Starbucks and the religious police have a bit of a history. When the company first arrived, its logo of a mermaid caused some consternation because some thought they could see breasts beneath all that hair. To avoid problems, Starbucks came up with another logo, a seahorse. [I do wonder how the police reacted when they learned that male seahorses give birth! Talk about ‘gender bending’!!] By 2003, however, the mermaid was back on the signs, cups, and napkins. What happened to occasion that, I haven’t a clue.

Perhaps she swam her way into their hearts, or their coffee cups.  Or, more likely, the heat was off — at least for a while.

Now the heat is back, albeit on questionable grounds.  You can be sure we will milk the story here for all it’s worth.

UPDATE:  Oddly enough, this story has perked up once again.  According to the And Far Away blog, the 1992-2010 Saudi Starbucks logo was not a seahorse, but this “a crown swimming in the sea” — here, you take a look:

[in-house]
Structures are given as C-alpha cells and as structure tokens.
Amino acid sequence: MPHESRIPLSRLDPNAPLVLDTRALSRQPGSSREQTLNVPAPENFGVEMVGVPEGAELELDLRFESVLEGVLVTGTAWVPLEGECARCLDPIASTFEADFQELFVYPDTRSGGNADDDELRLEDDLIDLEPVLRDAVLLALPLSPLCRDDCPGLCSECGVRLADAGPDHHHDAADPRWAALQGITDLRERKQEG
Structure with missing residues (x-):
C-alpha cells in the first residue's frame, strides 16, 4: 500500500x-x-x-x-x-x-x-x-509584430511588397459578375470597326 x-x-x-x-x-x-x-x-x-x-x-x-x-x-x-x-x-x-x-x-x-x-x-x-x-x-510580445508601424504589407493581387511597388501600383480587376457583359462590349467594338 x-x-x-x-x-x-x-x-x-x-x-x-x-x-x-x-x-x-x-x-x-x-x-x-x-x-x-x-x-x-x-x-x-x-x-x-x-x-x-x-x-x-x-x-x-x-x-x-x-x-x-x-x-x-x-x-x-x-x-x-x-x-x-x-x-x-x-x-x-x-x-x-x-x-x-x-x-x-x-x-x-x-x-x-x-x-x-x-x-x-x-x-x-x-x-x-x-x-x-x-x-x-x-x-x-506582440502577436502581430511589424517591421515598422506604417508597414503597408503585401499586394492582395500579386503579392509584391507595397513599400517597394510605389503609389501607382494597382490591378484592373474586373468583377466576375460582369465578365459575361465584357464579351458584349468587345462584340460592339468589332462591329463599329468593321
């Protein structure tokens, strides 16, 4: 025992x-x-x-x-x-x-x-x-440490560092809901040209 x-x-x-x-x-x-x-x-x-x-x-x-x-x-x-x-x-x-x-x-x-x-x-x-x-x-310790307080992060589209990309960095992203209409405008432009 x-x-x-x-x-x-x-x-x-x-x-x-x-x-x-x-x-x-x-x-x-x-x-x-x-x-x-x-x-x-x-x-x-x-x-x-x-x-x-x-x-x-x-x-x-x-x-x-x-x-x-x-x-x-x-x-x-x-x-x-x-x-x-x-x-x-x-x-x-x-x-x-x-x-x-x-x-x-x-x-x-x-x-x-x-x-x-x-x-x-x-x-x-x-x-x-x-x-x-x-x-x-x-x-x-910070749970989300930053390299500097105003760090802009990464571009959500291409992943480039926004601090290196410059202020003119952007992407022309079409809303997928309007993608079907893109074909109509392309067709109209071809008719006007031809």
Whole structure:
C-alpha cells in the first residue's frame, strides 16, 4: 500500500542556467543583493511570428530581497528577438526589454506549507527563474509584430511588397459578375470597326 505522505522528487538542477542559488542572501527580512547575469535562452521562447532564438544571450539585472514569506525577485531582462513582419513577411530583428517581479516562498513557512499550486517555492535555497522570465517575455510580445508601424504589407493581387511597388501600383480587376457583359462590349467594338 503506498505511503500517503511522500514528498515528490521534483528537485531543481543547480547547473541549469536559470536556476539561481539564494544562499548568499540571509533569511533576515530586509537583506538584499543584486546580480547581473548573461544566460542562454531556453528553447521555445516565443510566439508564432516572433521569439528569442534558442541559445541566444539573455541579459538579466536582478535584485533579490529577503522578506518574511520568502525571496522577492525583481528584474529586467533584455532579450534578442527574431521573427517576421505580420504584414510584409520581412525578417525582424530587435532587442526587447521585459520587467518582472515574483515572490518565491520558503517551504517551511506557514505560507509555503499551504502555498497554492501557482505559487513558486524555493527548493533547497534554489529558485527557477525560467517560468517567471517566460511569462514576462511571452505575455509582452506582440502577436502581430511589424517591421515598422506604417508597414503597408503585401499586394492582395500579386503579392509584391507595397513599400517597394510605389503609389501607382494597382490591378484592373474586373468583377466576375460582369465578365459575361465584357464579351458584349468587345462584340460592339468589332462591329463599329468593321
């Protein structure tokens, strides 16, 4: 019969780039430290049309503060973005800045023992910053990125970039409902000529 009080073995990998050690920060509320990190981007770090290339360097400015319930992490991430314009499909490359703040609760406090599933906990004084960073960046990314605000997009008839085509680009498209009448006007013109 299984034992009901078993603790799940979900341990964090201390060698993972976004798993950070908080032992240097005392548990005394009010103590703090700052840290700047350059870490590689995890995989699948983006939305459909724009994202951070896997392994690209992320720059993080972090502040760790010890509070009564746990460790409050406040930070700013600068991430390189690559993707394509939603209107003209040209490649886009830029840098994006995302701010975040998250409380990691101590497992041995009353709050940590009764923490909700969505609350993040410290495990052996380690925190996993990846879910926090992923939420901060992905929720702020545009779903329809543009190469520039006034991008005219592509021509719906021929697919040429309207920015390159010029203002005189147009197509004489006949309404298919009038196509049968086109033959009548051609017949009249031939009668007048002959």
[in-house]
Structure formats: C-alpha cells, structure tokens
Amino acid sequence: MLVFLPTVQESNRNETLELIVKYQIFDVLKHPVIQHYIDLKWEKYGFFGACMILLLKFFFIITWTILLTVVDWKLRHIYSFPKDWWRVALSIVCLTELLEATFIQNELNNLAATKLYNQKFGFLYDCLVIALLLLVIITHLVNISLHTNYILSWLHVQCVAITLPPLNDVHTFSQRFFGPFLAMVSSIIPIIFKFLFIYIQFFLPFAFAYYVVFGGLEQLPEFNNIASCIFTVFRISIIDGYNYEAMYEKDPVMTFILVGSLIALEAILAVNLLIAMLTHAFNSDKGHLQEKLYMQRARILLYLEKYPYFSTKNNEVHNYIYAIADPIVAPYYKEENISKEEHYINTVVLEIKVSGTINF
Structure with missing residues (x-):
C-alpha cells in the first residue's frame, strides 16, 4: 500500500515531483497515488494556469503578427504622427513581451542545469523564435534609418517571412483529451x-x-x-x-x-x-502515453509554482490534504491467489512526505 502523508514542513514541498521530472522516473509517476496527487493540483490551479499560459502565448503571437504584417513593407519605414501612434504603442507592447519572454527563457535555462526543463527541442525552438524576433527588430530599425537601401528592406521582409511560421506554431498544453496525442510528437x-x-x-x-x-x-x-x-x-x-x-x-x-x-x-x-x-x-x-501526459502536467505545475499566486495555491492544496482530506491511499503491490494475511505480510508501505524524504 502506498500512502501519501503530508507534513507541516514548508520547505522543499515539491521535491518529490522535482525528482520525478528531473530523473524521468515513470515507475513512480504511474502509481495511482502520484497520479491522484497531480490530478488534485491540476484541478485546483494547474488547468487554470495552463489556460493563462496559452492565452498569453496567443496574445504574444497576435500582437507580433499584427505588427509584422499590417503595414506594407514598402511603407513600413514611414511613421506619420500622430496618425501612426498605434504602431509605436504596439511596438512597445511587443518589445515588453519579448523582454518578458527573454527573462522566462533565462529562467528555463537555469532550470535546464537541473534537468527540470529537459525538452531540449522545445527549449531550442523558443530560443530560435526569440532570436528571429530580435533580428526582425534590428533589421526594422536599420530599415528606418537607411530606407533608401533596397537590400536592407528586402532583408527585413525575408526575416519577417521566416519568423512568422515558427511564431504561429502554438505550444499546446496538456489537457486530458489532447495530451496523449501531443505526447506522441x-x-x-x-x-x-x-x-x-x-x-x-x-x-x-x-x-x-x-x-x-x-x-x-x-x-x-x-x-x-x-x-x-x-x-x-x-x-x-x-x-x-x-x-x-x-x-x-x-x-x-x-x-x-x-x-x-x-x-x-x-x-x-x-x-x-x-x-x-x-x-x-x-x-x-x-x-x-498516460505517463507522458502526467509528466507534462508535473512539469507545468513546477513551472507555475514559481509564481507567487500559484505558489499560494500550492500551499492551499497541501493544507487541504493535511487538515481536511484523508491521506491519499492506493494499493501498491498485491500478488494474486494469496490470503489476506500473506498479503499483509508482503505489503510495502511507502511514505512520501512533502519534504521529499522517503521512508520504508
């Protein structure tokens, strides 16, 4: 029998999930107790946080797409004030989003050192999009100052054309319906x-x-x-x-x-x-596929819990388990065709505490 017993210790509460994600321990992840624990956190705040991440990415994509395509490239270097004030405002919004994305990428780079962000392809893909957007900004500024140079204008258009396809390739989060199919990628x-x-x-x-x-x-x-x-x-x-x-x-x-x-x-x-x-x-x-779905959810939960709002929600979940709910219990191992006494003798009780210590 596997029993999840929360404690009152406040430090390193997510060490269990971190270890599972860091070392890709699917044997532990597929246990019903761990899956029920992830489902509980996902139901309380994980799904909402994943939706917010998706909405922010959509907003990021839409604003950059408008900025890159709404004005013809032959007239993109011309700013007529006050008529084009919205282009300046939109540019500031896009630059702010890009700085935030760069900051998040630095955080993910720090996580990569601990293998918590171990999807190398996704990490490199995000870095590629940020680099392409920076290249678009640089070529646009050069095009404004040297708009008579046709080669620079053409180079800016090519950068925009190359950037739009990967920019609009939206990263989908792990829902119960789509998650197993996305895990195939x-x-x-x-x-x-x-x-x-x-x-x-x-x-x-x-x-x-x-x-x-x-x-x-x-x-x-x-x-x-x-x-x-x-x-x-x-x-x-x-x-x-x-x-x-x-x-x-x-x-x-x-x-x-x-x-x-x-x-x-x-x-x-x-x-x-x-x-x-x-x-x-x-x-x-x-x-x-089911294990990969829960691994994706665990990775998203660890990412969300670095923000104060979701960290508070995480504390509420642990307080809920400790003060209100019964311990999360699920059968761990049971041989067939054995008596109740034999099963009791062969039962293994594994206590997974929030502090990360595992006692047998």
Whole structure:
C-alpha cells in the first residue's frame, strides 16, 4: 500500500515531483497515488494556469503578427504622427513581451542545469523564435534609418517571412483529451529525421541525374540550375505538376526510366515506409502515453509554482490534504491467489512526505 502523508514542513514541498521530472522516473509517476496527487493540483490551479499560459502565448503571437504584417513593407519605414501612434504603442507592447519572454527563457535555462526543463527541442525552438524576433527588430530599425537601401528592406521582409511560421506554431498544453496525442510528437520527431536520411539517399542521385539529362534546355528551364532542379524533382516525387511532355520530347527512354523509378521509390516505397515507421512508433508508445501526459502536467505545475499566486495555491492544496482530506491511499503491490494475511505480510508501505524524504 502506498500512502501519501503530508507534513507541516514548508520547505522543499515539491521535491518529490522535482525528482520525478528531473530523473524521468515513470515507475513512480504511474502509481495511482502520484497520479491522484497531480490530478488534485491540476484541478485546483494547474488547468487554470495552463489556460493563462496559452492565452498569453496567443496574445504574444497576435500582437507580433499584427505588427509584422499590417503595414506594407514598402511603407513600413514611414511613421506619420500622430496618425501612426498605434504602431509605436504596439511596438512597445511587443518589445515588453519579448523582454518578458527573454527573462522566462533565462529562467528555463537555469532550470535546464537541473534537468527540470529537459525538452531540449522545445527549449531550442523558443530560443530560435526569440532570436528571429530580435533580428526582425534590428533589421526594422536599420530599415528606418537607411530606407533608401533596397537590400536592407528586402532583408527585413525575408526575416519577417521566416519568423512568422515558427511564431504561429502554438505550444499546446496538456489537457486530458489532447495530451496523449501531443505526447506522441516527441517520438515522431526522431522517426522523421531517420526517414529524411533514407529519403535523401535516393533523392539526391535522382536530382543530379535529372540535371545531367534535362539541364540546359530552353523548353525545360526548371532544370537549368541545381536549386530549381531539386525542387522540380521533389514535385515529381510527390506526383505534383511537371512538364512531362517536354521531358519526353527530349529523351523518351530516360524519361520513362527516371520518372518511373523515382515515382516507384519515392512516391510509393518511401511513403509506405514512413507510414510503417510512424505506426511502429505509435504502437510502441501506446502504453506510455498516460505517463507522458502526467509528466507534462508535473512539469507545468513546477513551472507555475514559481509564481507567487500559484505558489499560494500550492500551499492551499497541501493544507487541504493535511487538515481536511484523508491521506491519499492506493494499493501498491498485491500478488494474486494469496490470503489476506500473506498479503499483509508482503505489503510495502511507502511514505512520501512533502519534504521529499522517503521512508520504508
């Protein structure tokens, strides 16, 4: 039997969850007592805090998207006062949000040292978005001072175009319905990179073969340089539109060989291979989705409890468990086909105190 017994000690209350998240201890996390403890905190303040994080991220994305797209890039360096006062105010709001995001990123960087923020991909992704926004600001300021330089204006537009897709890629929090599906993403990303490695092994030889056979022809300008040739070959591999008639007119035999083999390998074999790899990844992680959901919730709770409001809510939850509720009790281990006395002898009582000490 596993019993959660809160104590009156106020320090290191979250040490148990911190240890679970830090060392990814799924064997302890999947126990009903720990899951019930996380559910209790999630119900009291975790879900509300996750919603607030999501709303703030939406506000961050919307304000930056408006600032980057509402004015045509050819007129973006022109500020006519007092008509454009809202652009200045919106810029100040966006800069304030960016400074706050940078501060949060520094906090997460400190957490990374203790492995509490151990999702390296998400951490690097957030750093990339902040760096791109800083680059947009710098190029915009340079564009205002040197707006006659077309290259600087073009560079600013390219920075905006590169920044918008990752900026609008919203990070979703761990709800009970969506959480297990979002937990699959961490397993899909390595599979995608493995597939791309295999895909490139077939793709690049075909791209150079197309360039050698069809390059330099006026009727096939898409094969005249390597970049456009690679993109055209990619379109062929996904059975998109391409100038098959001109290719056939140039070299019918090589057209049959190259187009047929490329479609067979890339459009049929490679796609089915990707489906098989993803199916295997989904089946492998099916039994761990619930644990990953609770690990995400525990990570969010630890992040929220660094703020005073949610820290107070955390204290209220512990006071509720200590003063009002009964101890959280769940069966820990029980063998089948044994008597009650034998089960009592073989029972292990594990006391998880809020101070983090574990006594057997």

The real story, though, says Roba Al-Assi, is the “chadorable” logo Starbucks al Saud is about to switch to — or, which, as she says in the post, she can only imagine….

I’m not sure all her commenter’s “get it” — maybe they hadn’t had their first cup yet.

“DUMB STARBUCKS”: Grasping at laws.

Dumb StarbucksYour blawger, he is conflicted. Part of me does not want to give the—ahem—geniuses behind the DUMB STARBUCKS stunt any more press, but the rest of me feels that you, our readers, deserve to know at least my opinion, which is that there is no way in Hades that the aforementioned—ahem—geniuses will be able to survive any attempt by the real Starbucks to shut down their pretend art installation masquerading (poorly) as social commentary that is really just a pop-up cafe blatant ripping off the latter’s registered trademarks. There, I said it.

If you haven’t already heard: A “parody” [see here for a sort of primer from the LOC archives — RDC] coffee shop sprung up in Los Feliz, California (of course), called DUMB STARBUCKS. According to the Los Angeles Times, “Walking into the… unit, which over the weekend drew long lines while offering free joe, is like entering a real Starbucks, except that almost every label and circular logo inside also features the word ‘dumb.’”

I. MDB.